UK Supreme Court Rules AI Cannot Be Patent Inventor

ChatGPT: The End of Data Analytics as We Know It?

Landmark ruling. American computer scientist loses bid to overturn UK’s refusal to register two patents invented by a ‘creativity machine’

The UK Supreme Court has ruled a patent inventor must be a human being, or a company, and not an artificial intelligence (AI) system.

Reuters reported on the landmark ruling, after Dr Stephen Thaler – an American computer scientist – had on Wednesday lost his bid to register patents in the UK for two inventions created by his artificial intelligence system.

The significant ruling from the UK Supreme Court, comes after a lower court two years ago had dealt a serious blow to a long-running campaign to grant more legal rights to artificial intelligence systems.

Understanding the New European Union AI Law

AI patents

Back in September 2021, the England and Wales Court of Appeal had ruled that an artificial intelligence could not be considered as an inventor for the purposes of granting patents.

Dr Stephen Thaler had filed two UK patent applications with the UK’s Intellectual Property Office in October and November 2018 for a food or beverage container, and a new kind of light beacon to attract attention in an emergency situation.

He listed not himself, but rather his AI “creativity machine” called Dabus as the inventor, with the patents to be ascribed to him as the owner and operator of Dabus.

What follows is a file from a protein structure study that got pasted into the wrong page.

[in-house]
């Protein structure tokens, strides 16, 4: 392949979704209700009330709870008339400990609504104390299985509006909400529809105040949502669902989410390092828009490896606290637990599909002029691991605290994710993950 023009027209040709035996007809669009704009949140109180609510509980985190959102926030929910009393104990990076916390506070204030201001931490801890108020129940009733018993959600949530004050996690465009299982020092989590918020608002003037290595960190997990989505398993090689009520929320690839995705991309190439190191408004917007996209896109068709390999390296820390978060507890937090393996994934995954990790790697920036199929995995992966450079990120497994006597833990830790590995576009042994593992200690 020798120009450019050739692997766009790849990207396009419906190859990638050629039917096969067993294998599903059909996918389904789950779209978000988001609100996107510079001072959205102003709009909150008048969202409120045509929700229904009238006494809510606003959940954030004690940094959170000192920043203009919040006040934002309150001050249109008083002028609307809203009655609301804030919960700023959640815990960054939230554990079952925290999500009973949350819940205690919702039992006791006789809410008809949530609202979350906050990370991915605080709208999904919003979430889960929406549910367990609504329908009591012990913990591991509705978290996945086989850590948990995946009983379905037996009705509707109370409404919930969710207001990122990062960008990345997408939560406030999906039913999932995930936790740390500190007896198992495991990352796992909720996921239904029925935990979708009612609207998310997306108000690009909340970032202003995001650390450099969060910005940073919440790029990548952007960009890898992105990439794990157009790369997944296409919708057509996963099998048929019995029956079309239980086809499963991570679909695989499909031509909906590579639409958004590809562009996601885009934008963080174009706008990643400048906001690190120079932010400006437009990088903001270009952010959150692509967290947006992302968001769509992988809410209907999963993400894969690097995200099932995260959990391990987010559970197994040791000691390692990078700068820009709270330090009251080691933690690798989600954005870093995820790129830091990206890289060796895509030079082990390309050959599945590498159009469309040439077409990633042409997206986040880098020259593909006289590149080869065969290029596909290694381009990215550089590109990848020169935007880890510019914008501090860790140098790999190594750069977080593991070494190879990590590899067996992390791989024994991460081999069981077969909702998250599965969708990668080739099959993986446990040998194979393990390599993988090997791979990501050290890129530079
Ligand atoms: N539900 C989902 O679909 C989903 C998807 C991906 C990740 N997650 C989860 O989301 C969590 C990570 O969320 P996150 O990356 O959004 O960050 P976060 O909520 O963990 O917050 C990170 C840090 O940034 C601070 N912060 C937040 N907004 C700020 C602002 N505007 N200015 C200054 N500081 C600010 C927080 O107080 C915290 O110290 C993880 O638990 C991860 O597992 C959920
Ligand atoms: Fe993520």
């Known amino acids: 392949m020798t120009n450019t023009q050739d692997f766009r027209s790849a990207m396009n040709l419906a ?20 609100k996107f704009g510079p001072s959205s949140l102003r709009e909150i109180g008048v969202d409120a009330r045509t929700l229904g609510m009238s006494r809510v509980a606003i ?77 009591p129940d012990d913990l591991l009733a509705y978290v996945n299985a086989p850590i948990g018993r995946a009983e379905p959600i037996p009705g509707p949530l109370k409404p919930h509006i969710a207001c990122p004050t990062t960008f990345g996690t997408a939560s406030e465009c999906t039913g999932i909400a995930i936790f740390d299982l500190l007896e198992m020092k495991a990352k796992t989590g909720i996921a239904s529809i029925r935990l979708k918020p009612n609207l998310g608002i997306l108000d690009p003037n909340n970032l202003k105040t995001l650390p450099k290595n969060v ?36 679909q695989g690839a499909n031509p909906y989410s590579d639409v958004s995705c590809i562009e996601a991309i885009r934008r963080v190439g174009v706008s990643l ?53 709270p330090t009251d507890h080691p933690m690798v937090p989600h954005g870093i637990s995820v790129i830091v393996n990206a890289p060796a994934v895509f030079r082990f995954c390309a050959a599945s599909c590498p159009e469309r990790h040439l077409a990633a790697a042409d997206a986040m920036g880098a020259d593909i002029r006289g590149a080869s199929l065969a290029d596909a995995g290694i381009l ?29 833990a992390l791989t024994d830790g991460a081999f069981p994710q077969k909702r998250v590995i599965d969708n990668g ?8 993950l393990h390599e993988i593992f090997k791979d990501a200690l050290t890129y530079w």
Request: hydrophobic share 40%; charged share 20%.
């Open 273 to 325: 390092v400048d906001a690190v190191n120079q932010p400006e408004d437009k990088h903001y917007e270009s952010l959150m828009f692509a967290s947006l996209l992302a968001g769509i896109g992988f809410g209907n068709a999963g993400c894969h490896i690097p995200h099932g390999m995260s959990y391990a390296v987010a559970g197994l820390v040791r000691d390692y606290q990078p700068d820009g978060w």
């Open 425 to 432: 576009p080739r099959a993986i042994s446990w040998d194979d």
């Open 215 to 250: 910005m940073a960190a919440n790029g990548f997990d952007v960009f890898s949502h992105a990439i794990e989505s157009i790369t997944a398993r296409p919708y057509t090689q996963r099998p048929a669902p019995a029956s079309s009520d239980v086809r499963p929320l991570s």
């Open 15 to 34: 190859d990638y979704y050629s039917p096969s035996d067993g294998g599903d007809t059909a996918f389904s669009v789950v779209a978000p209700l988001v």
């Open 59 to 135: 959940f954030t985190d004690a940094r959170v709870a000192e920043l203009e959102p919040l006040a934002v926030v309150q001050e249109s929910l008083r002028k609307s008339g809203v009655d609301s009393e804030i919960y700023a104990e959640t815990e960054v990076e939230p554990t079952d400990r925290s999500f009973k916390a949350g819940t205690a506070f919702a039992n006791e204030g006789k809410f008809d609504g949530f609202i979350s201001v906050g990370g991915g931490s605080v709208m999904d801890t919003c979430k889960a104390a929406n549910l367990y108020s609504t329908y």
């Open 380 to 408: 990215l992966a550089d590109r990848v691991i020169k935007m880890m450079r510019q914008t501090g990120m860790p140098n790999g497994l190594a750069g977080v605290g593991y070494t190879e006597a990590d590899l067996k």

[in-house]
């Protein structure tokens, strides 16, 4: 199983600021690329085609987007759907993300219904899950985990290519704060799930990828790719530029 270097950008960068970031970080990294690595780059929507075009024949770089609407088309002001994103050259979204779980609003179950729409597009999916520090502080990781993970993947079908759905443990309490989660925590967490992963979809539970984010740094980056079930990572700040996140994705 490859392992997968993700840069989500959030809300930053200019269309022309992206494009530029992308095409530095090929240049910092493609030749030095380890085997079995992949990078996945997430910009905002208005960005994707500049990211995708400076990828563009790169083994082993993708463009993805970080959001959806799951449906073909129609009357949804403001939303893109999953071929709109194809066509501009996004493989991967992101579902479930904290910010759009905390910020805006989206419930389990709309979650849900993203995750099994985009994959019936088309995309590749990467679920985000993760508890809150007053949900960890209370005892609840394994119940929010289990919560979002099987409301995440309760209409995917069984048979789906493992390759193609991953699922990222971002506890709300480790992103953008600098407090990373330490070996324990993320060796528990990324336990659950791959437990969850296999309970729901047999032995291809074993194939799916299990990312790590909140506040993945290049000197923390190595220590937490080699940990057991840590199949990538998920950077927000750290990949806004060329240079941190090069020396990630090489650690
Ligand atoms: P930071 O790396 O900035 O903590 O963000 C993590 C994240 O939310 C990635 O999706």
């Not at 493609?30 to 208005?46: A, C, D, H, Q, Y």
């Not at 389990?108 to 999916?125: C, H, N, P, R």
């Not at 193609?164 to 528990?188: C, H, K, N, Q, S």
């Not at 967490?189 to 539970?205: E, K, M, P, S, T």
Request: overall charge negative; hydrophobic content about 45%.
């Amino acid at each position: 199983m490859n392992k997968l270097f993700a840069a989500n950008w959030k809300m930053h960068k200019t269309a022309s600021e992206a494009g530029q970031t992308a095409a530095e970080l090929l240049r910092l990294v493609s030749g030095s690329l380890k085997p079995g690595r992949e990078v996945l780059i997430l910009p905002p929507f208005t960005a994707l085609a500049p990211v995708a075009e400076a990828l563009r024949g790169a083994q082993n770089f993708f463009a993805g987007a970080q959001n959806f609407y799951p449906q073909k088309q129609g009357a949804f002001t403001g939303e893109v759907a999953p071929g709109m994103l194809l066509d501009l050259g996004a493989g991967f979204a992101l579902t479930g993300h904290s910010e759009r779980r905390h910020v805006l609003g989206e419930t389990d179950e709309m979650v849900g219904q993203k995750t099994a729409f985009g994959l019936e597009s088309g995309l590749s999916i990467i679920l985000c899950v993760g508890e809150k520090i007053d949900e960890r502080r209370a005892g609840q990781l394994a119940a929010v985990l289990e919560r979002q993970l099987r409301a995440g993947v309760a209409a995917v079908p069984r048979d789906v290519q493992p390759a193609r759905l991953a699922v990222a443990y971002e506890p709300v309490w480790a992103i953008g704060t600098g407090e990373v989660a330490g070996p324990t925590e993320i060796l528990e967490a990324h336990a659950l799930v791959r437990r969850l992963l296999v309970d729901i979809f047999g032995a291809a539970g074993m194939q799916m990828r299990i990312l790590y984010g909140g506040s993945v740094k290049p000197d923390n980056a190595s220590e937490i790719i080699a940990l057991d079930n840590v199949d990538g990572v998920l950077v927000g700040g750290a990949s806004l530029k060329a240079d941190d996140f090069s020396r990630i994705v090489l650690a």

The UK’s Intellectual Property Office in December 2019 refused the patents on the grounds that the inventor must be a human or a company, rather than a machine.

When Dr Thaler lost the Court of Appeals case two years ago, he said he would appeal the ruling to the UK Supreme Court.

Supreme Court

Now in December 2023, the UK’s Supreme Court on Wednesday has unanimously rejected his appeal.

Judge David Kitchin, announcing the court’s ruling, reportedly said that under UK patent law “an inventor must be a natural person.”

“In my judgement, the position taken by the Comptroller on this issue is entirely correct. The structure and content of sections 7 and 13 of the Act, on their own and in the context of the Act as a whole, permit only one interpretation: an inventor within the meaning of the 1977 Act must be a natural person, and DABUS is not a person at all, let alone a natural person: it is a machine and on the factual assumption underpinning these proceedings, created or generated the technical advances disclosed in the applications on its own,” the ruling states.

Dr Thaler earlier this year had lost a similar bid in the United States, when the Supreme Court there declined to hear a challenge to the US Patent and Trademark Office’s refusal to issue patents for inventions created by his AI system.

However, Dr Thaler has won appeals in South Africa and Australia back in 2021 over the same matter.